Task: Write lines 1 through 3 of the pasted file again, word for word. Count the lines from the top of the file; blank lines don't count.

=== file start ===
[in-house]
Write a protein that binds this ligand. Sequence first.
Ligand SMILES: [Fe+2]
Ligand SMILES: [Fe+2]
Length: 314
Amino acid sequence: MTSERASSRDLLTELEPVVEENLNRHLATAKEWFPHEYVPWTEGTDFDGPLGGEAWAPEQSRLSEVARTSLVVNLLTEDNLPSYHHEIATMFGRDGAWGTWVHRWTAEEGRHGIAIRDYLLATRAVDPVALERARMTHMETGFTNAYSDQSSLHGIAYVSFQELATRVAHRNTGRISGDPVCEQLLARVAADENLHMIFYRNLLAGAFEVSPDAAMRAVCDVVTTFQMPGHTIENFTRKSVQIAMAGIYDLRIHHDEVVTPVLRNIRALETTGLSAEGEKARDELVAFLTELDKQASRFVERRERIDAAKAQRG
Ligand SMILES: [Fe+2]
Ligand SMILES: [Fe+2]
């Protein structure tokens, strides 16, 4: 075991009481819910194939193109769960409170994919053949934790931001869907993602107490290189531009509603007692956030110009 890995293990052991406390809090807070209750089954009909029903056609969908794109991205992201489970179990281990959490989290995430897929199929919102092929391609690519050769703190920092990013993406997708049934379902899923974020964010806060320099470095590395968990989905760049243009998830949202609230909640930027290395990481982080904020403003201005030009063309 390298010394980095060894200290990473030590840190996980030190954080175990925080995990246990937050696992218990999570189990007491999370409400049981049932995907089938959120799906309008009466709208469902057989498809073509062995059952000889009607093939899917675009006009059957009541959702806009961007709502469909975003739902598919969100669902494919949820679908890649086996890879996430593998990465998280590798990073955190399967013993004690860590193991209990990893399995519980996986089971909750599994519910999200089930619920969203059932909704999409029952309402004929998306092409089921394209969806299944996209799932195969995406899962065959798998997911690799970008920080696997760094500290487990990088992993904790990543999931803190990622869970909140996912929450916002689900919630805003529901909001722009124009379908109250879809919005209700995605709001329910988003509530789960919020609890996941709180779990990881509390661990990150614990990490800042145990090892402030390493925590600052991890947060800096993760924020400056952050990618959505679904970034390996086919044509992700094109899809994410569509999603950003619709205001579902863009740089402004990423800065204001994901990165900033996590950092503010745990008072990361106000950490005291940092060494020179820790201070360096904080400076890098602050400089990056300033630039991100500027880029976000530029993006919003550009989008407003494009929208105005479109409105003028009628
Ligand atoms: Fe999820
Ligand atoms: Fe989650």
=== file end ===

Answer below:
[in-house]
Write a protein that binds this ligand. Sequence first.
Ligand SMILES: [Fe+2]